Mechanisms leading to cognitive energy depletion in performance settings such as high-level sports highlight likely associations between individuals’ self-control capacity and their motivation. Investigating the temporal ordering of these concepts combining self-determination theory and psychosocial self-control theories, the authors hypothesized that athletes’ self-control capacity would be more influenced by their motivation than vice versa and that autonomous and controlled types of motivation would predict self-control capacity positively and negatively, respectively. High-level winter-sport athletes from Norwegian elite sport colleges (N = 321; 16–20 years) consented to participate. Using Bayesian structural equation modeling and 3-wave analyses, findings revealed credible self-control → motivation → self-control cross-lagged effects. Athletes’ trait self-control especially initiated the temporal ordering of the least controlled types of motivation (i.e., intrinsic, integrated, and amotivation). Findings indicate that practicing self-control competencies and promoting athletes’ autonomous types of motivation are important components in the development toward the elite level. These components will help athletes maintain their persistent goal striving by increasing the value and inherent satisfaction of the development process, avoiding the debilitating effects of self-control depletion and exhaustion.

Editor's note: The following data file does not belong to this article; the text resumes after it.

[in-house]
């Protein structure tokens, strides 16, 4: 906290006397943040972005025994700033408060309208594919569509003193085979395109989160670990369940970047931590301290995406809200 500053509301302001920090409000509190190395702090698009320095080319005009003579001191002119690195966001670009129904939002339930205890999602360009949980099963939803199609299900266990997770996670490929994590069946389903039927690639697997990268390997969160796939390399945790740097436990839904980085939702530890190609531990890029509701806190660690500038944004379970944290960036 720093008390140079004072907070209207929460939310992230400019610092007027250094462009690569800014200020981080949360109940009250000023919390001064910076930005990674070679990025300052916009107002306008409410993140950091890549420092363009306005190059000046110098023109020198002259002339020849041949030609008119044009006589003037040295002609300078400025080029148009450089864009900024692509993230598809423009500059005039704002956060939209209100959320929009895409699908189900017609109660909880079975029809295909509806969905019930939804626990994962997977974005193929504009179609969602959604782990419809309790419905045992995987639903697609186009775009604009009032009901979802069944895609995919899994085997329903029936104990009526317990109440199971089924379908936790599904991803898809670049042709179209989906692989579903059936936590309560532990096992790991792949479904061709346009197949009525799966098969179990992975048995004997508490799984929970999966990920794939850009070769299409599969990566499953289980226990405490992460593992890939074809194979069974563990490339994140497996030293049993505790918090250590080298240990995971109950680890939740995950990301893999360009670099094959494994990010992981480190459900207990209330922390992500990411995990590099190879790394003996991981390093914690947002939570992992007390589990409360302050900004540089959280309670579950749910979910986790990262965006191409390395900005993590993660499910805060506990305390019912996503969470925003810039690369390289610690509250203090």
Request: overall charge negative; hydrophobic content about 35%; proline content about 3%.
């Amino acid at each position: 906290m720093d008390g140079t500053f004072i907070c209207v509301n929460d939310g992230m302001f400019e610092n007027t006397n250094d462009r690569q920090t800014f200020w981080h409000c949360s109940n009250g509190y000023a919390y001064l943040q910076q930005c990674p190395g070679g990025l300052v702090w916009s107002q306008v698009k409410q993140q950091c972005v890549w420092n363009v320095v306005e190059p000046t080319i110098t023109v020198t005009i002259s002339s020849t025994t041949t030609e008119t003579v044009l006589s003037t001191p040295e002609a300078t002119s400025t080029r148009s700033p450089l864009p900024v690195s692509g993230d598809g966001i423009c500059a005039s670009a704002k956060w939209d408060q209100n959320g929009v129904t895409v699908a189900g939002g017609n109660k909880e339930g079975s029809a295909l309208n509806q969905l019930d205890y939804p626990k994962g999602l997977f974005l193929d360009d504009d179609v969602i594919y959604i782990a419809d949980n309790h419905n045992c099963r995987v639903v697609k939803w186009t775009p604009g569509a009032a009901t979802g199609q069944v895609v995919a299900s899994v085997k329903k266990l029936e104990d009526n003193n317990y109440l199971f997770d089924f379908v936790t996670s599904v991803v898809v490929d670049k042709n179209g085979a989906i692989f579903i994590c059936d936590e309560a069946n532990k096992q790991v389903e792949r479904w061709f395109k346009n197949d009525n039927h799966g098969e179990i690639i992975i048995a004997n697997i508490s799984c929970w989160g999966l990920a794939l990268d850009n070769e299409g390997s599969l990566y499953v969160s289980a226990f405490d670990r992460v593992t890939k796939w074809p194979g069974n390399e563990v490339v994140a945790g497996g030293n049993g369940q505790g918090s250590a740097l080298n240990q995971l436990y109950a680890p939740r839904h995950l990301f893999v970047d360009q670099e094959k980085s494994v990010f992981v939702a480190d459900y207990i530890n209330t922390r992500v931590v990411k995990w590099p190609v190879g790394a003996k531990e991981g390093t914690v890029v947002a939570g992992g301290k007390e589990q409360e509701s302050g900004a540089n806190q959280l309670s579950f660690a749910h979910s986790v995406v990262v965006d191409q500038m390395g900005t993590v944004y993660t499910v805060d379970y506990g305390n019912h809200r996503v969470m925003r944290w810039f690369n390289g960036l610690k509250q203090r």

Jordalen and Lemyre are with the Dept. of Sport and Social Sciences, Norwegian School of Sport Sciences, Oslo, Norway. Lemyre is also with the Faculty of Kinesiology, University of Calgary, Calgary, AB, Canada. Durand-Bush is with the School of Human Kinetics, University of Ottawa, Ottawa, ON, Canada. Ivarsson is with the Center of Research on Welfare, Health and Sport (CVHI), Halmstad University, Halmstad, Sweden.